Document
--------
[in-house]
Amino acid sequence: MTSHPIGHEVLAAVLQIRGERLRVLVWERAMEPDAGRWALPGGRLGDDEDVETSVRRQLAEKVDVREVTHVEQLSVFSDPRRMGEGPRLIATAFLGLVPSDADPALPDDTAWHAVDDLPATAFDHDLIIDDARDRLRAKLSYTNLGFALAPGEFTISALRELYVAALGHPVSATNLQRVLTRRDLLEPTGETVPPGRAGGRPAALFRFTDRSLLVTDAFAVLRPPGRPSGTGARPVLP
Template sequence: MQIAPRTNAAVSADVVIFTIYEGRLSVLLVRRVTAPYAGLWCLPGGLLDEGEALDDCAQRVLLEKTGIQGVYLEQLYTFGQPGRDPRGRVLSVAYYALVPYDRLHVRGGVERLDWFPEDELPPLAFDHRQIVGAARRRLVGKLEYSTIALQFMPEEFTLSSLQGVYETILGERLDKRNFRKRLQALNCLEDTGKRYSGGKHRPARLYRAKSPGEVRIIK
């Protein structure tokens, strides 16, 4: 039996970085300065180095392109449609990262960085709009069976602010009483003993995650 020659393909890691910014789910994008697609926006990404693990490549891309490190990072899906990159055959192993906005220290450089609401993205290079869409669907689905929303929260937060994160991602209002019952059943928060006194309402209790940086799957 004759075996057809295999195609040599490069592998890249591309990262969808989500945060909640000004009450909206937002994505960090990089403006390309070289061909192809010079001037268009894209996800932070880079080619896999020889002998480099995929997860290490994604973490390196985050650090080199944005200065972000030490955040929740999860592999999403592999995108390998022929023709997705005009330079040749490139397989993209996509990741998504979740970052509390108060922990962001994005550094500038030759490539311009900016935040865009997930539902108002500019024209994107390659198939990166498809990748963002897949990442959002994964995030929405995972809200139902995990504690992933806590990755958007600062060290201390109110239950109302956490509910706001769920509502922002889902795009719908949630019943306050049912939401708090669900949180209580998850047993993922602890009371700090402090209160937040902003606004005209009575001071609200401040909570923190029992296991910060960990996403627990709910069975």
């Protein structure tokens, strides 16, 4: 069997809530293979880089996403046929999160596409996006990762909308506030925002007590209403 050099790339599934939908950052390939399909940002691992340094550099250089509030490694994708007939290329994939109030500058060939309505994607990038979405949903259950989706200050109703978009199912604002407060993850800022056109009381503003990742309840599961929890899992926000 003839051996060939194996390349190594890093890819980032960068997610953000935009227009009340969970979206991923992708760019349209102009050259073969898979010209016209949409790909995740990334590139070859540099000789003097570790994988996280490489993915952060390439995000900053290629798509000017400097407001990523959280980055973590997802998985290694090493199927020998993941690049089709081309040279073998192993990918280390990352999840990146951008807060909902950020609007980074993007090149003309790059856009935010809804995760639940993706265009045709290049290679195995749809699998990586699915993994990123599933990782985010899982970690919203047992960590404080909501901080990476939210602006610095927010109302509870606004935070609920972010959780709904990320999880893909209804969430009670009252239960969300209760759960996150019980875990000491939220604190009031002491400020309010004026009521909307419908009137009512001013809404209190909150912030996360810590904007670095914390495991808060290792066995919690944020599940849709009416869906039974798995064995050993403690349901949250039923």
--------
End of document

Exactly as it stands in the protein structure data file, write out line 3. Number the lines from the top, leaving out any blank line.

Template sequence: MQIAPRTNAAVSADVVIFTIYEGRLSVLLVRRVTAPYAGLWCLPGGLLDEGEALDDCAQRVLLEKTGIQGVYLEQLYTFGQPGRDPRGRVLSVAYYALVPYDRLHVRGGVERLDWFPEDELPPLAFDHRQIVGAARRRLVGKLEYSTIALQFMPEEFTLSSLQGVYETILGERLDKRNFRKRLQALNCLEDTGKRYSGGKHRPARLYRAKSPGEVRIIK